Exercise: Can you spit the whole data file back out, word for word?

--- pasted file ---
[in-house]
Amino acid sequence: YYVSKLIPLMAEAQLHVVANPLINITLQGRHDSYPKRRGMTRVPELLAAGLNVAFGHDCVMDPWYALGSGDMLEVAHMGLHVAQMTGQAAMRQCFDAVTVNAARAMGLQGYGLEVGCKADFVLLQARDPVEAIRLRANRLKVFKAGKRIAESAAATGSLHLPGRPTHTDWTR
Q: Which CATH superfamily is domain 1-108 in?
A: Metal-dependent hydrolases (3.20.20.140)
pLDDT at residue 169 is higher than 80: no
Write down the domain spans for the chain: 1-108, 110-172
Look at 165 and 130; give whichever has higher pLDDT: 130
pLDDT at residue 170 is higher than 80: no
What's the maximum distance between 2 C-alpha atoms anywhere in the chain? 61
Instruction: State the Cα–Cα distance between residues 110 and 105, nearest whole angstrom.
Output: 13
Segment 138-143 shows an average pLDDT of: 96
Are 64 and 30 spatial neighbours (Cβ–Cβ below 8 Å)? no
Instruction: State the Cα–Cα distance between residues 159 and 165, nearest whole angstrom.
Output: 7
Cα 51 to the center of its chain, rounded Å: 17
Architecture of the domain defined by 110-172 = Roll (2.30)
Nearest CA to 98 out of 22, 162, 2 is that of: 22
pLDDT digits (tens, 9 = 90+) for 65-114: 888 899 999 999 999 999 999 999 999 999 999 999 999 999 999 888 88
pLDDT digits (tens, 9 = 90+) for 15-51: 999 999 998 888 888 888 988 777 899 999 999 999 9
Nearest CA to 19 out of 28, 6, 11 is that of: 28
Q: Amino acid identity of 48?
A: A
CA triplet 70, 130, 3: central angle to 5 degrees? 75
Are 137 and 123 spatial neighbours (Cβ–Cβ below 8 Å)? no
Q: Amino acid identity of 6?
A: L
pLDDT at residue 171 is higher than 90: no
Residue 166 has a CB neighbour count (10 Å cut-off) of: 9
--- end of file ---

[in-house]
Amino acid sequence: YYVSKLIPLMAEAQLHVVANPLINITLQGRHDSYPKRRGMTRVPELLAAGLNVAFGHDCVMDPWYALGSGDMLEVAHMGLHVAQMTGQAAMRQCFDAVTVNAARAMGLQGYGLEVGCKADFVLLQARDPVEAIRLRANRLKVFKAGKRIAESAAATGSLHLPGRPTHTDWTR
Q: Which CATH superfamily is domain 1-108 in?
A: Metal-dependent hydrolases (3.20.20.140)
pLDDT at residue 169 is higher than 80: no
Write down the domain spans for the chain: 1-108, 110-172
Look at 165 and 130; give whichever has higher pLDDT: 130
pLDDT at residue 170 is higher than 80: no
What's the maximum distance between 2 C-alpha atoms anywhere in the chain? 61
Instruction: State the Cα–Cα distance between residues 110 and 105, nearest whole angstrom.
Output: 13
Segment 138-143 shows an average pLDDT of: 96
Are 64 and 30 spatial neighbours (Cβ–Cβ below 8 Å)? no
Instruction: State the Cα–Cα distance between residues 159 and 165, nearest whole angstrom.
Output: 7
Cα 51 to the center of its chain, rounded Å: 17
Architecture of the domain defined by 110-172 = Roll (2.30)
Nearest CA to 98 out of 22, 162, 2 is that of: 22
pLDDT digits (tens, 9 = 90+) for 65-114: 888 899 999 999 999 999 999 999 999 999 999 999 999 999 999 888 88
pLDDT digits (tens, 9 = 90+) for 15-51: 999 999 998 888 888 888 988 777 899 999 999 999 9
Nearest CA to 19 out of 28, 6, 11 is that of: 28
Q: Amino acid identity of 48?
A: A
CA triplet 70, 130, 3: central angle to 5 degrees? 75
Are 137 and 123 spatial neighbours (Cβ–Cβ below 8 Å)? no
Q: Amino acid identity of 6?
A: L
pLDDT at residue 171 is higher than 90: no
Residue 166 has a CB neighbour count (10 Å cut-off) of: 9